Monday, February 2, 2009

Studying Mississippi

I ran across an interesting report today. The non-profit, non-partisan American Human Development Project conducted a study the state of Mississippi. Their findings probably aren't "breaking news" to anyone, but it is interesting to see it all broken down by race, geography, etc.

Here are the basic findings, courtesy of the American Human Development Project's study:


The top three county groups in the state, Rankin, Madison-Hinds, and DeSoto, are well ahead of the rest of the state in well-being with a human develop­ment level around the U.S. average.

A resident of top-ranked Rankin County lives, on average, 6 years longer than a resident of the bottom-ranked Panola-Coahoma area, is 3 times more likely to complete college, and earns over $12,000 more. Mississippians living in Panola-Coahoma have a human development level similar to that of the average American in 1975, more than thirty years ago.


Whites who are worst off in the entire state in terms of income are still better off than the vast majority of African Americans. Earnings for white Mississippians in all county groups spans from $22,000 to $38,000. For African Americans, the range is $13,000 to $25,000.

An African American baby boy born today in Mississippi can expect a shorter lifespan than the average American in 1960.


Mississippi’s females have a higher Human Development Index than do males, despite the fact that they earn 33 percent less, because females live over 5 years longer and have far higher rates of school enrollment.

White men in Mississippi earn an average of $5,000 more per year than the typical American worker today, at $33,390. But white women have median personal earnings about equal to what typical Americans earned in 1980, $21,453.

And here are the basic recommendations from the group (again, not rocket science, but important, nonetheless):

Reduce infant mortality by improving health care for African American girls and women. African American babies die in Mississippi at more than twice the rate of white babies. The death of a child is a loss like no other, and the burden of grief borne by the African American community is heavy. The solution lies in ensuring that women have access to quality medical care and that girls grow to adulthood in an environment that supports them to eat a nutritious diet, get adequate exercise, manage chronic conditions like diabetes and HIV, cope with stress, and enjoy overall mental health.

Improve the health of African American men. An African American baby boy born today in Mississippi can expect to live 68.2 years. This is a lifespan shorter than that of the average American in 1960. African American men in Mississippi die at higher rates than white men from the leading causes of death—heart disease, cancer, and stroke—as well as from other causes like homicide, accidents, diabe­tes, and HIV/AIDS. The premature loss of African American men is a source of both economic and emotional distress in African American communities.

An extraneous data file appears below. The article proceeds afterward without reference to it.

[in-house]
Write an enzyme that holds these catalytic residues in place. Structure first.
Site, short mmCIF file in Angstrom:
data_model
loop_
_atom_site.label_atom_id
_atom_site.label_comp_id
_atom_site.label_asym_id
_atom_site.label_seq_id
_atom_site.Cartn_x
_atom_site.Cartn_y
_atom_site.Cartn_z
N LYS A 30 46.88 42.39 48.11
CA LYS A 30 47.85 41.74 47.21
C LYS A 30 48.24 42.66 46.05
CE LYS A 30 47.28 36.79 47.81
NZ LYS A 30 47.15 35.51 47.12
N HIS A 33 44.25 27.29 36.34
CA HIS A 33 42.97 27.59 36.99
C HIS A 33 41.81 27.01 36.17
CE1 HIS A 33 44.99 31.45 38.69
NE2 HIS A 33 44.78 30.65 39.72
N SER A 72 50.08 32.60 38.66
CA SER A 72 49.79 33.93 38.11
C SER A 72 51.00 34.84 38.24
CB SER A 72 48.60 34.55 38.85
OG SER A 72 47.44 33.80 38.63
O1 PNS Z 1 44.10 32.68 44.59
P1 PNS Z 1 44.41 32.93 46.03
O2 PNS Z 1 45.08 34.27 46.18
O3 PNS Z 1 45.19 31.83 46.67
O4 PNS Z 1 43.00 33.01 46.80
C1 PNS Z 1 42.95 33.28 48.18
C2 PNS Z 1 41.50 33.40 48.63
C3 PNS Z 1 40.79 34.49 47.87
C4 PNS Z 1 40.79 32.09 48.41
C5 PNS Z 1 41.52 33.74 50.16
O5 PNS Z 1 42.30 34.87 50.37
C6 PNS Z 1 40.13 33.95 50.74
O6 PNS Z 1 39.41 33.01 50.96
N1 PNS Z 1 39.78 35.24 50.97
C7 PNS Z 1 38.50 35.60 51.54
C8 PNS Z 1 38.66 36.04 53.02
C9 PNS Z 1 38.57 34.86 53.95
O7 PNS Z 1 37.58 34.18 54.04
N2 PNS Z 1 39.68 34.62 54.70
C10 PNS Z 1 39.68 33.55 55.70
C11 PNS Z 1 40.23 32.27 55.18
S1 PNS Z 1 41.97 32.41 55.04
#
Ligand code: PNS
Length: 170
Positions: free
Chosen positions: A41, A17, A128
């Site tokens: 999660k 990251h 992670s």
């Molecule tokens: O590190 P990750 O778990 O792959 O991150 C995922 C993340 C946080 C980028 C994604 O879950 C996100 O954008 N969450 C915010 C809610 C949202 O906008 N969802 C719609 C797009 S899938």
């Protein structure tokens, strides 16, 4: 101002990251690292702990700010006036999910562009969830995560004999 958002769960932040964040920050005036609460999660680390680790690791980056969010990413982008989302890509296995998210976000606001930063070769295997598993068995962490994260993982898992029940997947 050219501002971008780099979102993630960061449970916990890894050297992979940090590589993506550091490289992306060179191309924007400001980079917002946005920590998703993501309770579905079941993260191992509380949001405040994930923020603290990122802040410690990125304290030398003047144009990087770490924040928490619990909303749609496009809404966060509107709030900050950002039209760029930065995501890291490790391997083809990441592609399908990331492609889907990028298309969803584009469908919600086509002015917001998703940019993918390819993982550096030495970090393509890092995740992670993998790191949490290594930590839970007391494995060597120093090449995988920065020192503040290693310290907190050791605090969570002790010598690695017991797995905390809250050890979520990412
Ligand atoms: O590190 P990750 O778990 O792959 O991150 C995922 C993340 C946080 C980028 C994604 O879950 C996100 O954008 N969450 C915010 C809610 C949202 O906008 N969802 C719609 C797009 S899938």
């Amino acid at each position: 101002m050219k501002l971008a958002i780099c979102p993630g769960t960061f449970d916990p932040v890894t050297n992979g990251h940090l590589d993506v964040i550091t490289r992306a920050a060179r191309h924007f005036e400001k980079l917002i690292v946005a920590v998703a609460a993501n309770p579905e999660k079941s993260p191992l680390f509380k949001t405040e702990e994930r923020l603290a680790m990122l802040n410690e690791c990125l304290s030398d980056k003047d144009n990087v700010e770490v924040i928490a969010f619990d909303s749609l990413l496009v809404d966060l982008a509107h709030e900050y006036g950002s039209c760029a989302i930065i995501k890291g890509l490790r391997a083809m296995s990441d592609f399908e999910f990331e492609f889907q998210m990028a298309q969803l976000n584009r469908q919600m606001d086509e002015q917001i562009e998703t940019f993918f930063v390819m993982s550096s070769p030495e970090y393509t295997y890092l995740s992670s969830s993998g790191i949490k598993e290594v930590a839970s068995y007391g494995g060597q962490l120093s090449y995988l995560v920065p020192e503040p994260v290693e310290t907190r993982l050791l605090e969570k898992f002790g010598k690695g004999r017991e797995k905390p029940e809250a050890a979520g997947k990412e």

Improve the quality of public education in Mississippi. Mississippi has some of the worst scores in the nation on most measures of K–12 educational quality. It is difficult to imagine how the state can make economic progress when the future workforce is deprived of the opportunity to develop even basic skills, much less the higher-order skills needed to obtain better-paying jobs, such as independence of thought, communications skills, interpersonal skills, and technology literacy.

Connect at-risk boys to school. About a third of Mississippi’s African American men over 25 do not have a high school diploma. And today, still greater numbers of African American boys are leaving high school without graduating. Without a high school diploma, prison becomes a far likelier destination than college. The high rate of juvenile detention in Mississippi, especially for nonviolent offenses, is a worri­some impediment to long-term ability of African American boys to become produc­tive members of society and to lead fulfilling lives of choice, freedom, and dignity.

Ensure that working families can make ends meet. White men in Mississippi are, on average, earning about $5,000 more per year than the typical American worker today. But African American women today earn less than the typical American in 1960; African American men earn what typical Americans earned in 1970; and white women what typical Americans earned in 1980. More than one in five Mississippians lives below the poverty line; nearly seven in ten public school stu­dents qualifies for a subsidized lunch. Other states help working families meet a basic monthly budget with a state earned income tax credit, state minimum wages, affordable housing, affordable health care options, and subsidized childcare. Such policies help to create an infrastructure of opportunity for all.

You can go to this website for the complete study. For extra commentary, check out this piece from Institute for Southern Studies.

I found this especially interesting-- and telling-- The average cost per year of keeping an inmate in prison in Mississippi in 2006 was $15,000; the average expenditure per pupil for elementary and junior high school in the state that same year was just over $7,000. Thus the state is spending twice as much per prisoner as it is on education per schoolchild.


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